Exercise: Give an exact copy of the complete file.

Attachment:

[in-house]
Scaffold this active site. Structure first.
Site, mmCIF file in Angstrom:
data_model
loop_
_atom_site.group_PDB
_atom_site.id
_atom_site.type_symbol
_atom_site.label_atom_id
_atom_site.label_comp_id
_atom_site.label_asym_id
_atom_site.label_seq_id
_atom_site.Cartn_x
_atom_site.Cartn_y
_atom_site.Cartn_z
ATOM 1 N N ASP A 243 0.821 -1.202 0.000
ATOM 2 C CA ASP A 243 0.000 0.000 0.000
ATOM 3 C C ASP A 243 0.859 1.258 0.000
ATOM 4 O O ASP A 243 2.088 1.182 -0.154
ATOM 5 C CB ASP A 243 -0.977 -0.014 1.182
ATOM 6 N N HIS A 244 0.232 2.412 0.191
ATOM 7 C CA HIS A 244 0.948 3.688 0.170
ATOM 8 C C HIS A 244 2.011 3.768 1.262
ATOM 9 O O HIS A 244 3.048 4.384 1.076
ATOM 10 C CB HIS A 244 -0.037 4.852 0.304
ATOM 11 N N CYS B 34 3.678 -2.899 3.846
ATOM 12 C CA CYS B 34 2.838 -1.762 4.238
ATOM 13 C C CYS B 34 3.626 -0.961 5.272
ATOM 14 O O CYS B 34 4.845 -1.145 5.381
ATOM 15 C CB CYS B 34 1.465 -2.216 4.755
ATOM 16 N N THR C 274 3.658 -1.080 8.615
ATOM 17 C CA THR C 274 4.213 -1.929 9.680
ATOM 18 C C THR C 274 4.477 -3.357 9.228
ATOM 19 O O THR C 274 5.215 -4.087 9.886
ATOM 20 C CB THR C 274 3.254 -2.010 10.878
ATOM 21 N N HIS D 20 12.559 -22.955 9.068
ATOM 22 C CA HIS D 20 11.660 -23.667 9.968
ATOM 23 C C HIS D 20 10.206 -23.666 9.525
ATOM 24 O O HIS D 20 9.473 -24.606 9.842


[in-house]
Scaffold this active site. Structure first.
Site, mmCIF file in Angstrom:
data_model
loop_
_atom_site.group_PDB
_atom_site.id
_atom_site.type_symbol
_atom_site.label_atom_id
_atom_site.label_comp_id
_atom_site.label_asym_id
_atom_site.label_seq_id
_atom_site.Cartn_x
_atom_site.Cartn_y
_atom_site.Cartn_z
ATOM 1 N N ASP A 243 0.821 -1.202 0.000
ATOM 2 C CA ASP A 243 0.000 0.000 0.000
ATOM 3 C C ASP A 243 0.859 1.258 0.000
ATOM 4 O O ASP A 243 2.088 1.182 -0.154
ATOM 5 C CB ASP A 243 -0.977 -0.014 1.182
ATOM 6 N N HIS A 244 0.232 2.412 0.191
ATOM 7 C CA HIS A 244 0.948 3.688 0.170
ATOM 8 C C HIS A 244 2.011 3.768 1.262
ATOM 9 O O HIS A 244 3.048 4.384 1.076
ATOM 10 C CB HIS A 244 -0.037 4.852 0.304
ATOM 11 N N CYS B 34 3.678 -2.899 3.846
ATOM 12 C CA CYS B 34 2.838 -1.762 4.238
ATOM 13 C C CYS B 34 3.626 -0.961 5.272
ATOM 14 O O CYS B 34 4.845 -1.145 5.381
ATOM 15 C CB CYS B 34 1.465 -2.216 4.755
ATOM 16 N N THR C 274 3.658 -1.080 8.615
ATOM 17 C CA THR C 274 4.213 -1.929 9.680
ATOM 18 C C THR C 274 4.477 -3.357 9.228
ATOM 19 O O THR C 274 5.215 -4.087 9.886
ATOM 20 C CB THR C 274 3.254 -2.010 10.878
ATOM 21 N N HIS D 20 12.559 -22.955 9.068
ATOM 22 C CA HIS D 20 11.660 -23.667 9.968
ATOM 23 C C HIS D 20 10.206 -23.666 9.525
ATOM 24 O O HIS D 20 9.473 -24.606 9.842